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 NW CT EDC
Minutes - Executive Committee
Thursday, August 18, 2011
NW CT Chamber of Commerce
Attendance: Allan Borghesi, JoAnn Ryan, Rose Ponte, Bill Baxter, Dan McGuinness, Rick Lynn Leo Paul, Jr., Chris Wood, Dale Martin, Mark Waterhouse and Doug Parker
Guests: Amy Lopez, Cowlis Andrews and Mark Hood from DECD

II. DECD Outreach
DECD guest speakers: Amy Lopez, Cowlis Andrews and Mark Hood

Amy Lopez, Cowlis Andrews and Mark Hood discussed aspects of CEDS, Brownfields and Permitting. A. Lopez and C. Andrews introduced services provided for economic development and indicated the Agency's mission at this time is geared toward job creation and retention through various services such as financing, tax credits and incentives, export assistance and site selection services. Requests for DECD assistance must be project specific and include job creation.

Permitting was discussed next.  M. Hood explained that the Office of the Permit Ombudsman communicates with other state agencies to streamline the process in addition to placing projects awaiting permits at the top of the list for approval.  He also mentioned the criteria for expediting the permitting process pursuant to PA 10-158, including the promotion of green jobs, creation of over 150 jobs and Brownfields.  An NWCTEDC member mentioned a specific project as an example pertaining to permitting although it appeared the issue was related to the Conservation and Development Plan.  C. Andrews later indicated if there are issues with the Plan, a meeting with OPM may be facilitated as long as jobs are being created.

A. Lopez presented information regarding CEDS specifically that DECD encourages a regional approach to economic development pursuant to PA 10-168 which establishes 8 regions within the state that shall prepare and approve a CEDS.  In addition, DECD's expectations for the regions include ranking and prioritization of projects which will have the largest impact within each region.  Per EDA, annual updates to individual CEDS is required and is one component that will assist EDA in approving region's for EDD status.  Meeting minutes are another component in which EDA is requiring.  Therefore, it's best to compile minutes in advance for submission.  In closing, A. Lopez mentioned that achieving EDD status empowers regions to plan and implement regional economic development and will ultimately assist regions in obtaining future EDA funding.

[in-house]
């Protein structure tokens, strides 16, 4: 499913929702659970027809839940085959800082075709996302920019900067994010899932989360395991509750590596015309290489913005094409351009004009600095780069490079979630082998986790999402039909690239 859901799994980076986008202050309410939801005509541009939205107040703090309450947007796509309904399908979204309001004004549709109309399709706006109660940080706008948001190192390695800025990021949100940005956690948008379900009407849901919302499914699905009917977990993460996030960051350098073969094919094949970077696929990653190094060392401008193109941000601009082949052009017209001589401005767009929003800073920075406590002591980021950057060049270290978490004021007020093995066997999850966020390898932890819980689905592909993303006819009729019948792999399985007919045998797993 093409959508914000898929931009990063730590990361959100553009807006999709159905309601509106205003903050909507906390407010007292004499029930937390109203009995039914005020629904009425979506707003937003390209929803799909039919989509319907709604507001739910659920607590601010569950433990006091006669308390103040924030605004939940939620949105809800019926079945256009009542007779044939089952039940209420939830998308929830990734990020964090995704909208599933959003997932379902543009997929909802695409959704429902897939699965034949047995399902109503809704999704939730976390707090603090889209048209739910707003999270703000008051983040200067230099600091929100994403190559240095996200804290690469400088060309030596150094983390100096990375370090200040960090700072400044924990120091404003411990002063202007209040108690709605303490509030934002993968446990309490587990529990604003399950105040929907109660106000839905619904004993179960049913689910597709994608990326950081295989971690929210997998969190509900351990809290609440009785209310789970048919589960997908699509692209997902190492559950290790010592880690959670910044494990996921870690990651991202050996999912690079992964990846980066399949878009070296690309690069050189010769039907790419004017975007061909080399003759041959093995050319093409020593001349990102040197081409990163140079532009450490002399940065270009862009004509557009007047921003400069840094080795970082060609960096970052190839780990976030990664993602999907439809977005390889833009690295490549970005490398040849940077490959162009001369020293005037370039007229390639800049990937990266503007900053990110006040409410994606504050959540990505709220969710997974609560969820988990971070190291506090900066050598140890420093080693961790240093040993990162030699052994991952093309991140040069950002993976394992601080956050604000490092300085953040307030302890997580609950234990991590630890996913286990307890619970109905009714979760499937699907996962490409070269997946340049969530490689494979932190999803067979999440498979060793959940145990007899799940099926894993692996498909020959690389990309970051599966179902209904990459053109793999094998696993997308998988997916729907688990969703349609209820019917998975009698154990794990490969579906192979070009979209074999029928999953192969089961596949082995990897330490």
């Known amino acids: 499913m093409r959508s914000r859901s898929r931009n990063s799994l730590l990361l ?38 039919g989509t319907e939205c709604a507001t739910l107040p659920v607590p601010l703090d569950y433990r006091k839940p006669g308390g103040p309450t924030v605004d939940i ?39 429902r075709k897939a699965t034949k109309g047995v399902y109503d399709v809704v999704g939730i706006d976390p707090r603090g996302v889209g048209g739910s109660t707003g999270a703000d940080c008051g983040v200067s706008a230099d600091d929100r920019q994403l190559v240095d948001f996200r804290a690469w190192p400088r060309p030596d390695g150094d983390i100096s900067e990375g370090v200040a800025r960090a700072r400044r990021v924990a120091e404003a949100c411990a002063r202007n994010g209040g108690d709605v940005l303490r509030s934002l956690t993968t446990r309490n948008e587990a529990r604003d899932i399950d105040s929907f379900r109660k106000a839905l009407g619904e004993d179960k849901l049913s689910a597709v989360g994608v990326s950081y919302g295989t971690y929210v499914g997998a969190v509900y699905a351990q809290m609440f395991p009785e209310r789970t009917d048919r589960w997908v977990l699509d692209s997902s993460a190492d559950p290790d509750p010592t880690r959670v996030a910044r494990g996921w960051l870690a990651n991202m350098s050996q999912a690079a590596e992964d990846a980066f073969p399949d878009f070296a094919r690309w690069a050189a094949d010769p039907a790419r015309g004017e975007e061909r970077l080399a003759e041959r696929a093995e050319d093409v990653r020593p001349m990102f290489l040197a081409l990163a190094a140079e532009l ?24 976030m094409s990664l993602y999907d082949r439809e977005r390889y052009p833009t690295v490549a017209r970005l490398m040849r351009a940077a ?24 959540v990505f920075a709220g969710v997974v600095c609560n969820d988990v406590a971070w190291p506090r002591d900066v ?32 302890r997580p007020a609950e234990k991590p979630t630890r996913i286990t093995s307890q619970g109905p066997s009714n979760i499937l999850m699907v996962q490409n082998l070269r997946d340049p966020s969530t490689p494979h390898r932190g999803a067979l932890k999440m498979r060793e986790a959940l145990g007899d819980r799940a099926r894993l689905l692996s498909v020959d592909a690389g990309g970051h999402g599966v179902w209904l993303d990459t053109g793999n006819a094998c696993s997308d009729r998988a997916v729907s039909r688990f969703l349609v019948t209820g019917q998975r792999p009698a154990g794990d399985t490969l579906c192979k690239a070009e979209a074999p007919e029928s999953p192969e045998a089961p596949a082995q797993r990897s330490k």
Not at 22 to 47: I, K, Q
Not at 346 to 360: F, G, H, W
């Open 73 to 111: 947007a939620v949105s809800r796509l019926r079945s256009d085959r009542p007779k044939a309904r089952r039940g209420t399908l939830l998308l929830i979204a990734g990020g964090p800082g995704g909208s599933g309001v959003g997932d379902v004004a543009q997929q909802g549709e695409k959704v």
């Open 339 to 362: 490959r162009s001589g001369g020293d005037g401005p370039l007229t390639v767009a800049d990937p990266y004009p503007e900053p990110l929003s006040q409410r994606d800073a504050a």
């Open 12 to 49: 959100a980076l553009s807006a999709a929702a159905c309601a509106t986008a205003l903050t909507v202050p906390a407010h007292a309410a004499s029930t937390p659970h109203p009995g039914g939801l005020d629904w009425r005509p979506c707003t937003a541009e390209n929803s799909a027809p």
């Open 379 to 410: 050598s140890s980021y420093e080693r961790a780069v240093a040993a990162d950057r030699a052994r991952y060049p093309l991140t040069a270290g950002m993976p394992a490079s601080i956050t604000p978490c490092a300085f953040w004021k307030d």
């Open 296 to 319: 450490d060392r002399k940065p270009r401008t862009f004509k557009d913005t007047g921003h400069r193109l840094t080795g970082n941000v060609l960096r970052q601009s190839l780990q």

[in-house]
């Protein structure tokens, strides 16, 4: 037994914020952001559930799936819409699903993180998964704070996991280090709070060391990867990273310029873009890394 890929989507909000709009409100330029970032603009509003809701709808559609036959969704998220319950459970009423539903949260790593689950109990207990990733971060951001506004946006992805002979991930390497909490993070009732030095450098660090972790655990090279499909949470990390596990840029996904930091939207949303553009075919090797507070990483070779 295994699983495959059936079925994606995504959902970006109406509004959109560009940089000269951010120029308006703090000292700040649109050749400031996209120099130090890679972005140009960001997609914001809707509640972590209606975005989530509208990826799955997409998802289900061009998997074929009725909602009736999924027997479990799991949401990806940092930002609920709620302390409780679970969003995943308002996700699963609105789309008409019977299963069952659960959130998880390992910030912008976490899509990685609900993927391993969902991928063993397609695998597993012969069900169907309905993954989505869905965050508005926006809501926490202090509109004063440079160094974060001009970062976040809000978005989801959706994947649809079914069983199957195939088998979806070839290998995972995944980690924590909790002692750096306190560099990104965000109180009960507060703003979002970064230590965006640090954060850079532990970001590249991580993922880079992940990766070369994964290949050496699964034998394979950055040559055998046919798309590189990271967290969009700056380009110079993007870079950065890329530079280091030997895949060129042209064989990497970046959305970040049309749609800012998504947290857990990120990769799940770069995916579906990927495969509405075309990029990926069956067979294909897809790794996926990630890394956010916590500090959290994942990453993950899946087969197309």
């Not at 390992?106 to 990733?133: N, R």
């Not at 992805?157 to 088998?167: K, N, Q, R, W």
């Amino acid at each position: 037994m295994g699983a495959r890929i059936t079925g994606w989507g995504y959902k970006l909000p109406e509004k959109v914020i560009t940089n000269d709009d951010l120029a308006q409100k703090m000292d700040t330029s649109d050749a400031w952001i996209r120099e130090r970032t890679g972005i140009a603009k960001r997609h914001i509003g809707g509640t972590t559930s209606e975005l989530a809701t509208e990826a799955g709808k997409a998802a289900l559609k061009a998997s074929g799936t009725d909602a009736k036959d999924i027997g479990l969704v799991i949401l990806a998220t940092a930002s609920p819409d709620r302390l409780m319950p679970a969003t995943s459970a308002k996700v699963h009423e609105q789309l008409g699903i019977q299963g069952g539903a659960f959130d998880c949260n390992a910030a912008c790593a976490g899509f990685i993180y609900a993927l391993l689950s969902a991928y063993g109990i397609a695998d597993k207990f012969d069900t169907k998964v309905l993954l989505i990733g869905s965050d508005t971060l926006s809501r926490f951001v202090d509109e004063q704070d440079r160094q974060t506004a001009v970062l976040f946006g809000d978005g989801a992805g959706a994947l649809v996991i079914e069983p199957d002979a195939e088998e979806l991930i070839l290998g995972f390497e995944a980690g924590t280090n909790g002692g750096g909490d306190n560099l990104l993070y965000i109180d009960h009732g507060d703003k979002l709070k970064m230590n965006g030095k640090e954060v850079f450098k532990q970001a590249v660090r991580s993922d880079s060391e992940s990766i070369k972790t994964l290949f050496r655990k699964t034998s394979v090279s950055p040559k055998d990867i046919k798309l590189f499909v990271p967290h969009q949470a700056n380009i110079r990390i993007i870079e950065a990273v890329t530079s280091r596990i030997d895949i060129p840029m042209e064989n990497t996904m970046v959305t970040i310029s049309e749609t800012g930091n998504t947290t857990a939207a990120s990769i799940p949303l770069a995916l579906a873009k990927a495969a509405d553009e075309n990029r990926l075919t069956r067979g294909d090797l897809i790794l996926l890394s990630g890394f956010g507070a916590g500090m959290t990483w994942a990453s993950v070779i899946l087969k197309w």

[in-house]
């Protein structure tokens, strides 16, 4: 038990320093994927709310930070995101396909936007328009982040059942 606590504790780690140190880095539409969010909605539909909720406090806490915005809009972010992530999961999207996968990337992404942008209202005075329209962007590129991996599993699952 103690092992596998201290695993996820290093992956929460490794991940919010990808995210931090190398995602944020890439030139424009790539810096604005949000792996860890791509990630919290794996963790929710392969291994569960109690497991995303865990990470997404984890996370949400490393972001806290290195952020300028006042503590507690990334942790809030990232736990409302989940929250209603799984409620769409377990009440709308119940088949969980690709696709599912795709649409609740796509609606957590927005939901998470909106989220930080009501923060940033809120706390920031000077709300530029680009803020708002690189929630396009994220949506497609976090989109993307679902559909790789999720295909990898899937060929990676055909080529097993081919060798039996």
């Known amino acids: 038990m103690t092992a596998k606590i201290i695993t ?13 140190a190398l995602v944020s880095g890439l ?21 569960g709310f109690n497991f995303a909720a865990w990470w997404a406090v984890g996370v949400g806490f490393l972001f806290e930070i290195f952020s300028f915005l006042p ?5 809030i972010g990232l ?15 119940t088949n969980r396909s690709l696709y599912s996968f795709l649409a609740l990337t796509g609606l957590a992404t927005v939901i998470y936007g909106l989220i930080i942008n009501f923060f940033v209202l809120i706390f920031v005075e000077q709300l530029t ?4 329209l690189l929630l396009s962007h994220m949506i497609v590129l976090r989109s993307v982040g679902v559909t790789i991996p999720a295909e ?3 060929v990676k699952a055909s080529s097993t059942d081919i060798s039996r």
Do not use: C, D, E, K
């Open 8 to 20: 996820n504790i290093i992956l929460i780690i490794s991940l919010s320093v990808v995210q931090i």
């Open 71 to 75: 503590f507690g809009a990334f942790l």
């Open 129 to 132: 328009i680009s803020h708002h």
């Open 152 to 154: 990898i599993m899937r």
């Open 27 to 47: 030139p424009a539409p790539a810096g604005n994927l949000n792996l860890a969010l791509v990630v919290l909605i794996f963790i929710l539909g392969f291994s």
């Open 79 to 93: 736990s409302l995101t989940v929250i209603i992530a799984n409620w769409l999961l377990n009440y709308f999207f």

Lastly, various programs were discussed to promote support for assessment and remediation of statewide Brownfields.  C. Andrews mentioned the Abandoned Brownfields Cleanup (ABC) and Special Contaminated Properties Remediation and Insurance Fund (SCPIRIF) Programs as two services providing assistance to municipalities, developers or owners of Phase II/III properties involving demolition and remedial action activities.  Public Act 11-141 was referenced by C. Andrews, specifically Section 17 which certifies an owner is relieved of liability for contamination located off site.  Allan Borghesi, Chairman of NWCTEDC and of Borghesi Engineering and Construction expressed he has completely avoided purchasing properties due to liability concerns involving contamination.                 

Amy Lopez
Department of Economic and Community Development
Office of Responsible Development, 2nd Floor
505 Hudson Street
Hartford, CT 06106
Email: amy.lopez@ct.gov
Phone: (860) 270-8226
Fax: (860) 706-5740

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 NW CT EDC
Minutes - Executive Committee
Thursday, April 21, 2011
NW CT Chamber of Commerce
Attendance: Allan Borghesi, JoAnn Ryan, Rose Ponte, Bill Baxter, Bob Axelrod, David Dean, Dan McGuinness, Rick Lynn and Doug Parker Guests: Vance Taylor, Alex Garmon, Dale Martin, Fran Delaney